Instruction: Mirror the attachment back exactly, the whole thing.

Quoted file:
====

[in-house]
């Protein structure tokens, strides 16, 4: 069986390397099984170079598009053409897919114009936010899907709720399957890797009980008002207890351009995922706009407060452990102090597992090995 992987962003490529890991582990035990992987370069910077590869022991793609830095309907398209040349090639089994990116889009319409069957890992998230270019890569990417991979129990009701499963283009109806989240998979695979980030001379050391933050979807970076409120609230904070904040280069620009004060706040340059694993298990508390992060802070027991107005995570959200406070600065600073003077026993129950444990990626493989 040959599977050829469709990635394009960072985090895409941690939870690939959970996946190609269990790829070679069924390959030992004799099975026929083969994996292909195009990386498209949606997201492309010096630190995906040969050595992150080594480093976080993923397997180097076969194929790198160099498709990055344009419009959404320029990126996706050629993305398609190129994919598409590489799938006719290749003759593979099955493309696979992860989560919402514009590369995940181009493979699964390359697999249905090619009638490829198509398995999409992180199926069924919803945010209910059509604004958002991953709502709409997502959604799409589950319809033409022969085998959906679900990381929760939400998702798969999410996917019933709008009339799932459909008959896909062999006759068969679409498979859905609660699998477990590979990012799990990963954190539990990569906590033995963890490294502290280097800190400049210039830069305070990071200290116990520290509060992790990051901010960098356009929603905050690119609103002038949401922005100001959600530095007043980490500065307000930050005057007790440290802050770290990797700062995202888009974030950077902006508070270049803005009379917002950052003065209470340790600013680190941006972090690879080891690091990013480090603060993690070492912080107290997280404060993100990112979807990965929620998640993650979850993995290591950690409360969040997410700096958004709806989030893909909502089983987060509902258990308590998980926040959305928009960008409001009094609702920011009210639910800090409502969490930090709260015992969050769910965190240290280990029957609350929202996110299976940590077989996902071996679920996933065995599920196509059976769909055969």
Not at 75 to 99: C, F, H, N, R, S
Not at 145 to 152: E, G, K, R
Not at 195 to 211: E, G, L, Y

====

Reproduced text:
[in-house]
């Protein structure tokens, strides 16, 4: 069986390397099984170079598009053409897919114009936010899907709720399957890797009980008002207890351009995922706009407060452990102090597992090995 992987962003490529890991582990035990992987370069910077590869022991793609830095309907398209040349090639089994990116889009319409069957890992998230270019890569990417991979129990009701499963283009109806989240998979695979980030001379050391933050979807970076409120609230904070904040280069620009004060706040340059694993298990508390992060802070027991107005995570959200406070600065600073003077026993129950444990990626493989 040959599977050829469709990635394009960072985090895409941690939870690939959970996946190609269990790829070679069924390959030992004799099975026929083969994996292909195009990386498209949606997201492309010096630190995906040969050595992150080594480093976080993923397997180097076969194929790198160099498709990055344009419009959404320029990126996706050629993305398609190129994919598409590489799938006719290749003759593979099955493309696979992860989560919402514009590369995940181009493979699964390359697999249905090619009638490829198509398995999409992180199926069924919803945010209910059509604004958002991953709502709409997502959604799409589950319809033409022969085998959906679900990381929760939400998702798969999410996917019933709008009339799932459909008959896909062999006759068969679409498979859905609660699998477990590979990012799990990963954190539990990569906590033995963890490294502290280097800190400049210039830069305070990071200290116990520290509060992790990051901010960098356009929603905050690119609103002038949401922005100001959600530095007043980490500065307000930050005057007790440290802050770290990797700062995202888009974030950077902006508070270049803005009379917002950052003065209470340790600013680190941006972090690879080891690091990013480090603060993690070492912080107290997280404060993100990112979807990965929620998640993650979850993995290591950690409360969040997410700096958004709806989030893909909502089983987060509902258990308590998980926040959305928009960008409001009094609702920011009210639910800090409502969490930090709260015992969050769910965190240290280990029957609350929202996110299976940590077989996902071996679920996933065995599920196509059976769909055969």
Not at 75 to 99: C, F, H, N, R, S
Not at 145 to 152: E, G, K, R
Not at 195 to 211: E, G, L, Y